Your Scamp travel trailer doesn’t need CCA when it comes to its battery; you need to have a “deep cycle” battery designed to be used in travel trailers and boats.

Here is an article on the difference between the two and here is another article that (sort of) pants the picture of the difference between the two form the perspective of a boat.
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Old 05-15-2021, 10:04 PM   #7
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Name: Rafael
Trailer: in the market
Colorado
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Hey Gordon

I measured the voltage at the converter itself. Took the battery wires off the terminals and tested the 12VDC items like the lights, fan and pumps and they all work while connected to shore power.
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Old 05-15-2021, 10:05 PM   #8
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Name: Rafael
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Thanks Kevin
I'll try that
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Old 05-16-2021, 10:52 AM   #9
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Name: Larry
Trailer: 2010 13 ft Scamp
Michigan
Posts: 66
Comment/question for Larry B RE battery types

Hi Larry B,
I quickly read your attached articles explaining the difference between "car" batteries and "deep cycle" batteries.
I'll admit I never knew/questioned/or understood this difference. Thank you very much for explaining the different technologies.

So here's my comment/question:

When, or if, should I use a "battery tender", or "battery tender junior" type maintenance charger ?

Sounds like- never for a deep cycle battery. Use to depletion, then fully recharge.
But if that's the case, won't it be charged while driving attached to tow vehicle ?

And, Keep car batteries fully charged by either driving at least weekly, and charging if driven less frequently.

Am I even close to correct ?

Larry S
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Old 05-16-2021, 01:51 PM   #10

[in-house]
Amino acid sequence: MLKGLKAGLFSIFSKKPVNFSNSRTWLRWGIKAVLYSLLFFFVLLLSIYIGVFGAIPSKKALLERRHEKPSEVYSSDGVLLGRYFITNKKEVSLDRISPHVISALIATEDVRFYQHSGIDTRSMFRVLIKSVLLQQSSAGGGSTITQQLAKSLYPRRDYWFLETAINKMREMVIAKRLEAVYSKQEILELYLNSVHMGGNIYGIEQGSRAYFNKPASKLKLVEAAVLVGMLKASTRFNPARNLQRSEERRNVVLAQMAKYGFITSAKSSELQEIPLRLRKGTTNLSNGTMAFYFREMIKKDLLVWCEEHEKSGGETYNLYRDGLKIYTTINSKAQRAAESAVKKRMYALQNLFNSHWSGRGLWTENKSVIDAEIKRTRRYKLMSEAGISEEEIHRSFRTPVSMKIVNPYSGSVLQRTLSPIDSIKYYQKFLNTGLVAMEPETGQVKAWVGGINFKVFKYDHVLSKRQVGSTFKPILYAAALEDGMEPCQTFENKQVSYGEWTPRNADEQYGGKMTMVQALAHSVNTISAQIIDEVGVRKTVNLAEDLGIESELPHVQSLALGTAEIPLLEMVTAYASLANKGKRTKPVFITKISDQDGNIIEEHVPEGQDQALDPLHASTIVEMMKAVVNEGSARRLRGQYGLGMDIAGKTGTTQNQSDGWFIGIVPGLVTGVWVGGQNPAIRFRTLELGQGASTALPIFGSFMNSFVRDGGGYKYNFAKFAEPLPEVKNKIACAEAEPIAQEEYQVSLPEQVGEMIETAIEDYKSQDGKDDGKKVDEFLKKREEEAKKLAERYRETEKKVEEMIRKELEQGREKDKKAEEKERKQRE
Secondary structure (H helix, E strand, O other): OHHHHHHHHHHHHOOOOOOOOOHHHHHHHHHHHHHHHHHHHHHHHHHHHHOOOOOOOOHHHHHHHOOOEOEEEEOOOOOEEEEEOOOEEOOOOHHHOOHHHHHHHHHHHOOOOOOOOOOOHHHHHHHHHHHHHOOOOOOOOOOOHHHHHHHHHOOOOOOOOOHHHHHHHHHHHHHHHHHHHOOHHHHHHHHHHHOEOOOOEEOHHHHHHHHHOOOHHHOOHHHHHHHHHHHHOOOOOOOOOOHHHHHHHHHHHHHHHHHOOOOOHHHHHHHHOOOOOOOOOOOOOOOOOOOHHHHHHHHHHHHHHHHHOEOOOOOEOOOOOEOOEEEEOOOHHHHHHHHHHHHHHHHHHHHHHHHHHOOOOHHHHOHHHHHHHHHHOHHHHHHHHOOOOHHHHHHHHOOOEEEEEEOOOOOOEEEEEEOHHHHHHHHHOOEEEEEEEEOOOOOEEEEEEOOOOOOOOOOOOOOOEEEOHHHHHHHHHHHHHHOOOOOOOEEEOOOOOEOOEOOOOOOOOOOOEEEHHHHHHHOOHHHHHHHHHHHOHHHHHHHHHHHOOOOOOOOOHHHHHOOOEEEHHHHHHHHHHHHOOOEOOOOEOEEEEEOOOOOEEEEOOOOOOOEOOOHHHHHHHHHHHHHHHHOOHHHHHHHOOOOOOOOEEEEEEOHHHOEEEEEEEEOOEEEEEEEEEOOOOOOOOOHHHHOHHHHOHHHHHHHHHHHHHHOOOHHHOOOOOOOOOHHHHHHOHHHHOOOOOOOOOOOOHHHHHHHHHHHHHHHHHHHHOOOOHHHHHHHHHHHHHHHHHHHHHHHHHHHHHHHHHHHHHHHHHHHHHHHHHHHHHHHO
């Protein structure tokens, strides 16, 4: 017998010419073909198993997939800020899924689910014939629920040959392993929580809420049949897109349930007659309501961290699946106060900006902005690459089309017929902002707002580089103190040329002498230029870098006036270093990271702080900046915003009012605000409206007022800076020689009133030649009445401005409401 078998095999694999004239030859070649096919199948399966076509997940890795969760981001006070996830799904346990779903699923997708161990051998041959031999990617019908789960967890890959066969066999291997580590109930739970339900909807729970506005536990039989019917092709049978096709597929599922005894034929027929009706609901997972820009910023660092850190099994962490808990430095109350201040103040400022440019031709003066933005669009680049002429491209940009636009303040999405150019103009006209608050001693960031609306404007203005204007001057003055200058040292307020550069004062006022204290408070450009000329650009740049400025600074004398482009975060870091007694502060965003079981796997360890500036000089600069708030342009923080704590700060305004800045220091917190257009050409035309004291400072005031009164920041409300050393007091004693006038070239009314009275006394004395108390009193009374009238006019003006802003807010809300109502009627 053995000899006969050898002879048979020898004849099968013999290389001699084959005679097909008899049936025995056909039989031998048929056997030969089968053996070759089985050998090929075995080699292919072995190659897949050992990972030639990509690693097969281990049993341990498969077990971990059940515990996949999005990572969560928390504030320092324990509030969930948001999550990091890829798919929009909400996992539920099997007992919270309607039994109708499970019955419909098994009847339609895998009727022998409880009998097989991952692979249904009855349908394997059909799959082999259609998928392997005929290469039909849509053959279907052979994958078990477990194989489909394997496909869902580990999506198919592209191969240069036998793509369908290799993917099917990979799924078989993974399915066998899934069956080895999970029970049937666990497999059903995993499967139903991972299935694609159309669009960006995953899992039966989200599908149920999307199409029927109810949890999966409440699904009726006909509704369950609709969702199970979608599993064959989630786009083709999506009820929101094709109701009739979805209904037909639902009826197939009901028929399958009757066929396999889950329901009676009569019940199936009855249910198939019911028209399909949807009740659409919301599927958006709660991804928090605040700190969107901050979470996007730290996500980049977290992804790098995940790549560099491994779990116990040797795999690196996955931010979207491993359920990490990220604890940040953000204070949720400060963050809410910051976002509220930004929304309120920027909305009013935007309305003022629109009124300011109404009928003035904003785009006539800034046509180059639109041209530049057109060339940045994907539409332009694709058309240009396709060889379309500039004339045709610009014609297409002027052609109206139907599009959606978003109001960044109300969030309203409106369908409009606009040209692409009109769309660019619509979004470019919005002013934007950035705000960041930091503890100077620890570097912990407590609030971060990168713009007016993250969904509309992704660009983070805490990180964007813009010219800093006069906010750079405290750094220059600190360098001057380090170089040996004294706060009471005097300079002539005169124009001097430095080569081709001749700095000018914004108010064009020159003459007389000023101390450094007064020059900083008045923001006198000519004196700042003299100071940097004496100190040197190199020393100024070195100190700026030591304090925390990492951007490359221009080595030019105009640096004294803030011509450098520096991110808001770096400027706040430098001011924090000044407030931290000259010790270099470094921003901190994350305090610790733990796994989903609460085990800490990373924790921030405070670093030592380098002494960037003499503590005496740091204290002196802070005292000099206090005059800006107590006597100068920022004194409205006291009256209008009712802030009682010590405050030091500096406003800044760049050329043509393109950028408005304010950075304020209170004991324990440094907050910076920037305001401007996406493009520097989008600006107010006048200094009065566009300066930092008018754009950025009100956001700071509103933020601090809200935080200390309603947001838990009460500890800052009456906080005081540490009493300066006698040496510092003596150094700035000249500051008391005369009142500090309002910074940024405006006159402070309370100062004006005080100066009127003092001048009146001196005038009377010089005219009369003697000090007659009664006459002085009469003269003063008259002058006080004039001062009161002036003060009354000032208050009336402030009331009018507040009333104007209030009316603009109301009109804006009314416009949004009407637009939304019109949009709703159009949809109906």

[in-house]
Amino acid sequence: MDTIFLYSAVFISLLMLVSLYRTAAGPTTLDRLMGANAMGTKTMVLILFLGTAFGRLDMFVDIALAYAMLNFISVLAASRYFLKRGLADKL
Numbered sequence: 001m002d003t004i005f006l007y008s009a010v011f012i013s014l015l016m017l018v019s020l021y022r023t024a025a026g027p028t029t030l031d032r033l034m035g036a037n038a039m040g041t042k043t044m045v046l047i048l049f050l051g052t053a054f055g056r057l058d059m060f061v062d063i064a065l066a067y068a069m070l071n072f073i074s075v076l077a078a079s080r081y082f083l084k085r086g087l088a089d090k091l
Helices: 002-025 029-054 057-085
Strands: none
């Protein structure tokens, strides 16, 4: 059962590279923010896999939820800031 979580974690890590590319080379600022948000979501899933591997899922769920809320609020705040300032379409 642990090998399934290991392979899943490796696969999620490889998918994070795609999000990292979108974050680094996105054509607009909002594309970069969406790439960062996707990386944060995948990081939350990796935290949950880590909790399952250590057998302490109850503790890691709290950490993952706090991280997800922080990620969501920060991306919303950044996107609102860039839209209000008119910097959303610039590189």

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Name: Rafael
Trailer: in the market
Colorado
Posts: 7
Quote:
Originally Posted by LarryB. View Post
Great insight from Gordon and Kevin on potential issues with your 12v system.

However, after you diagnose/fix your initial problem, you might be headed for your next problem:
Your Scamp travel trailer doesn’t need CCA when it comes to its battery; you need to have a “deep cycle” battery designed to be used in travel trailers and boats.

Here is an article on the difference between the two and here is another article that (sort of) pants the picture of the difference between the two form the perspective of a boat.
Thanks for your insight Larry B.

Not sure if this helps with your thoughts..
It is a Northern Deep Cycle 27EV marine battery.
That might have been some extra info the attendant at Napa wanted to share with me about the status of the battery having been depleted on its CCA from 650 to 128-did not know that made no difference on a deep cycle battery.

Thank you
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Old 05-16-2021, 01:55 PM   #11
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Name: Rafael
Trailer: in the market
Colorado
Posts: 7
battery connection issue

Quote:
Originally Posted by gordon2 View Post